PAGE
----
PKM: There’s a video of ahbez toward the end of his life. What’s your take on that and what do you think it reveals about him at that stage of his life?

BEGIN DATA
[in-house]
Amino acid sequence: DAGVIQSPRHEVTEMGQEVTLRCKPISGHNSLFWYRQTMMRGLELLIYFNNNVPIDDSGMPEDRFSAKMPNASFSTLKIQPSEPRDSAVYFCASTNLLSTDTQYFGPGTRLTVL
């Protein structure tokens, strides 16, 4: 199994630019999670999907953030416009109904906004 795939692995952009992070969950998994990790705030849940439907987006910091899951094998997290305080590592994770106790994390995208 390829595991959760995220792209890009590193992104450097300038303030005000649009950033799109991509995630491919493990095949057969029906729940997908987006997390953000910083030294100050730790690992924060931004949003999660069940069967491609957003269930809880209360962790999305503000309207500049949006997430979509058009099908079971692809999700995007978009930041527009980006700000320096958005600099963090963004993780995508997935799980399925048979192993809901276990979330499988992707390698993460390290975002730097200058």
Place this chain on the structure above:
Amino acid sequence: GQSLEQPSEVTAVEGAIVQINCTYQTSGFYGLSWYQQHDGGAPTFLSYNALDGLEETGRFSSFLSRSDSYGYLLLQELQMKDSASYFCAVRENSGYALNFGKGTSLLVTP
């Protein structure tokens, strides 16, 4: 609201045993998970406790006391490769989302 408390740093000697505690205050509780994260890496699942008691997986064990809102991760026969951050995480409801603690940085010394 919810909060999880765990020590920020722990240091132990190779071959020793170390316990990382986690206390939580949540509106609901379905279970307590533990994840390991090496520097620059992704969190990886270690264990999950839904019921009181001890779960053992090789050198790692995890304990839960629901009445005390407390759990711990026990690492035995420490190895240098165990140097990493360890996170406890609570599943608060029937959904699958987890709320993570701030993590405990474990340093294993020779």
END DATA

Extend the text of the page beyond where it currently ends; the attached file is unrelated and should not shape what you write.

Brian Chidester: After his wife died in 1963, his son struggled with drug abuse for a number of years, and he ended up dying of an overdose in 1969. He was 21. So, after that, abhe is not really pitching a lot of songs. He doesn’t pitch his own solo recordings anymore to labels and whatnot. He did release a few singles in the seventies, but by the 1980s, he’s really withdrawn and working mostly on his magnum opus, something he called “The Scripture of the Golden Age.” That was to be a book of poems and sayings as well as a suite of music. The main focus of that project was this association with Einstein, with relativity, with his studies of quantum physics, and with his deep interest in Joseph Campbell and the interconnectedness of spiritual ideas. I think he had become so withdrawn into all of that, and in his grief, that it was almost inevitable he became somewhat paranoid. And remember, when that video was made near the end of his life, 1991, ’92, he was like 84 years old then, and here’s this guy with a video camera up in his face. It might have been an uncomfortable situation for him … but … I like that video. He laughs a lot in it, ahbe, and he says some beautiful, deep things in it too. He recites two poems that I’ve never heard him recite anywhere else. I think the video also provides a window into his psyche at that time, which as a historian, I’m not trying to promote or declare his ideas good or bad or whatever. I’m trying to present him just accurately. So, there’s no reason for me to say, ‘Oh, I wish that didn’t happen,’ or ‘I wish he hadn’t said that.’